The general arrangement and conceptual design principles for each of the dams is described followed by the field investigation and laboratory testing undertaken for each dam, together with the interpreted ground conditions.
The experiences from construction have helped to develop techniques for a balance between preliminary design, investigation, and evolution of the design and specification during construction. It is imperative to develop a sufficiently detailed preliminary design, on the basis of readily available information such as visual and geological assessment, to allow the investigation to be thoughtfully designed to allow the major assumptions to be verified. This needs to be followed by a skilfully executed geotechnical investigation with the designer advising on findings and changing direction as necessary through the investigation. An investigation trench along the full alignment of the cutoff trench (if envisaged in the design) is warranted. Earthworks specifications should be evolved early in the construction phase through compaction trials using specific plant for the site, and backed up by insitu and laboratory testing.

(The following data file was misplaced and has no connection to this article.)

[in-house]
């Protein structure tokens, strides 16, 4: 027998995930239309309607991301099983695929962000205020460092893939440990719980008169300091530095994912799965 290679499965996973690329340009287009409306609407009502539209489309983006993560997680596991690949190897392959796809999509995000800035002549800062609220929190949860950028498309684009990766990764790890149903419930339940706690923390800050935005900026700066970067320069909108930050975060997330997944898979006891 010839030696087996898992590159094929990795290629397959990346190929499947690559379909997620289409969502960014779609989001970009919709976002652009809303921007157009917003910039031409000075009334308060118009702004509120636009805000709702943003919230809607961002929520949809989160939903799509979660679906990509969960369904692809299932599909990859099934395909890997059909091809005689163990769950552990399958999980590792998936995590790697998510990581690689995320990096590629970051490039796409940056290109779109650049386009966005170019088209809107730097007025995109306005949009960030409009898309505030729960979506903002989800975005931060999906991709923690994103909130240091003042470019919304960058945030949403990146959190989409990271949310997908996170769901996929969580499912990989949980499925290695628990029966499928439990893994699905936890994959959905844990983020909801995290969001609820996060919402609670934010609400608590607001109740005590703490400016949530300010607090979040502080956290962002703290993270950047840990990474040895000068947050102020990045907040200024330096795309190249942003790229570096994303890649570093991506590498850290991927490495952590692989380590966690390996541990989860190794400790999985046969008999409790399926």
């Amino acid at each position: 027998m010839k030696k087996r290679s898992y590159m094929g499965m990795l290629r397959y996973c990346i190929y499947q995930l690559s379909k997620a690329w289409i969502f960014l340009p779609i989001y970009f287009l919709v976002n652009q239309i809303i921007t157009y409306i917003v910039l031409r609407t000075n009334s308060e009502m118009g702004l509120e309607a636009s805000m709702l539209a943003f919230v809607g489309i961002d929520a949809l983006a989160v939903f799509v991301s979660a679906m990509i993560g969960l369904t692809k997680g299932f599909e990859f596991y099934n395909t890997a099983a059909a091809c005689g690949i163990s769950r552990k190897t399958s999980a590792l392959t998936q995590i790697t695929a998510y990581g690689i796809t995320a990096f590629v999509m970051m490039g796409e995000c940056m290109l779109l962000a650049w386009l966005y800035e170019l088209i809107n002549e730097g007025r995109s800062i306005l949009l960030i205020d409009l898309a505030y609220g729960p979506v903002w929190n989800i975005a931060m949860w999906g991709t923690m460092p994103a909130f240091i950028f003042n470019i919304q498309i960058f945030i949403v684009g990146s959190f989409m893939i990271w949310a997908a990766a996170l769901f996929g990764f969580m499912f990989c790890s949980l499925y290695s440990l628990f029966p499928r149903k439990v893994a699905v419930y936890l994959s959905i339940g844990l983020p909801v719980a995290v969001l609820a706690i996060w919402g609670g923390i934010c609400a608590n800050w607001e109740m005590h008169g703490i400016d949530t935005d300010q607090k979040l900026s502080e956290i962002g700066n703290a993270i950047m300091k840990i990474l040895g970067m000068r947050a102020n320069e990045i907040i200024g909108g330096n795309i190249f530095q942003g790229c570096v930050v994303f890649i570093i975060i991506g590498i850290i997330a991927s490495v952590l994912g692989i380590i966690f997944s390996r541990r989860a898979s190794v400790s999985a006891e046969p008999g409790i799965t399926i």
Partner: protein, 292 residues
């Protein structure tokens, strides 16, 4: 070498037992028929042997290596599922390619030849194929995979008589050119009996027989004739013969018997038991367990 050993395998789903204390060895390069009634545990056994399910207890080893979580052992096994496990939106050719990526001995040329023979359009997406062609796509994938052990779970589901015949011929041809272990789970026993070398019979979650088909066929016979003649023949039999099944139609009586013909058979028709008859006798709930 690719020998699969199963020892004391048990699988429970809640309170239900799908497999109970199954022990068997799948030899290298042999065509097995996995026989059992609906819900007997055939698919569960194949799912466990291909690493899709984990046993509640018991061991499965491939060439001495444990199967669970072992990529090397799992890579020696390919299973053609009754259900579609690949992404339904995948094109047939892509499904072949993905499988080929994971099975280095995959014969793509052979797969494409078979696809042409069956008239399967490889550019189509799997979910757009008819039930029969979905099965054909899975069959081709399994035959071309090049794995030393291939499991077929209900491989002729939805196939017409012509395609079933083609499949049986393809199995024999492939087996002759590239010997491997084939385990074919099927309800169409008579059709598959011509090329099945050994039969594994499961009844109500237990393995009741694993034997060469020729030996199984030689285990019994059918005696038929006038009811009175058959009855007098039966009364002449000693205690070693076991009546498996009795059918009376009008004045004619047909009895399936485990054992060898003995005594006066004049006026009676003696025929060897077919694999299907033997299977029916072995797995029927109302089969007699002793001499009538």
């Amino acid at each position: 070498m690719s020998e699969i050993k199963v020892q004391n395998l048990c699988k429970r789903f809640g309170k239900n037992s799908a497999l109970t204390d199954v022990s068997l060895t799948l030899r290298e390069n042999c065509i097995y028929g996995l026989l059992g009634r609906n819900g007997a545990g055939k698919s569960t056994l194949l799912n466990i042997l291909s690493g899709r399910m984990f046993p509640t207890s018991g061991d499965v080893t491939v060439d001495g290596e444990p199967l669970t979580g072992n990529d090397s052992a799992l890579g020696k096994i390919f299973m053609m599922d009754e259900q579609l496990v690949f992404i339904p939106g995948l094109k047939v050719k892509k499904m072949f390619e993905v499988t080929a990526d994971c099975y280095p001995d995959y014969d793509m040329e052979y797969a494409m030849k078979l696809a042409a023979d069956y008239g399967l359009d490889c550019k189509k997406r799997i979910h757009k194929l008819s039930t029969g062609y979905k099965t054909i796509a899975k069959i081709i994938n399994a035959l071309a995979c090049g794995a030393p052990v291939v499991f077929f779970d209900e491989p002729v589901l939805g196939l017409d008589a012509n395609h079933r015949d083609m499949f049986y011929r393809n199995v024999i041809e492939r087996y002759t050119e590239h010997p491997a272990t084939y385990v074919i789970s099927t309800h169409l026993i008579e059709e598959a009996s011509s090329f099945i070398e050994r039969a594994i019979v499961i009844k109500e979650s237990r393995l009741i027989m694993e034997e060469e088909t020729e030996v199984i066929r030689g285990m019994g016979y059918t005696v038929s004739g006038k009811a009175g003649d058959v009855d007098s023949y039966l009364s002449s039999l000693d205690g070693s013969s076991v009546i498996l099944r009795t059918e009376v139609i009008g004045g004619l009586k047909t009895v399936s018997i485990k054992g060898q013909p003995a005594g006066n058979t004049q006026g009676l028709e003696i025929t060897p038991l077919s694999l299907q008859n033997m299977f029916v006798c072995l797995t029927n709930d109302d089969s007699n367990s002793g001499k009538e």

As one of Australia’s largest dam owners, Hydro Tasmania maintains a comprehensive Dam Safety Program. The Program makes use of industry Guidelines in combination with complementary processes to form a decision framework. This framework drives dam improvement initiatives, one of which is the development and operation of survey and instrumentation programs. It is Hydro Tasmania’s belief that the ANCOLD Guidelines on Dam Safety Management currently provide adequate descriptive guidance with regards to survey and instrumentation and it is questionable if more prescriptive Guidelines are prudent or required. Hydro Tasmania believes that a Guideline presenting a decision framework from which targeted Survey, instrumentation and inspection programs and other initiatives can evolve would be a welcomed document to the Australian dams community.
Ensuring compliance with the Regulator’s requirements is a cornerstone consideration for any water corporation in planning its risk minimisation strategies against dam failure. With the increased focus on due diligence and corporate governance however, there are emerging themes that are of equal importance for a water corporation in planning protections against its core risks to dam safety. These considerations include:
Manuel G. de Membrillera, Ignacio Escuder, David Bowles, Eduardo Triana, Luis Altarejos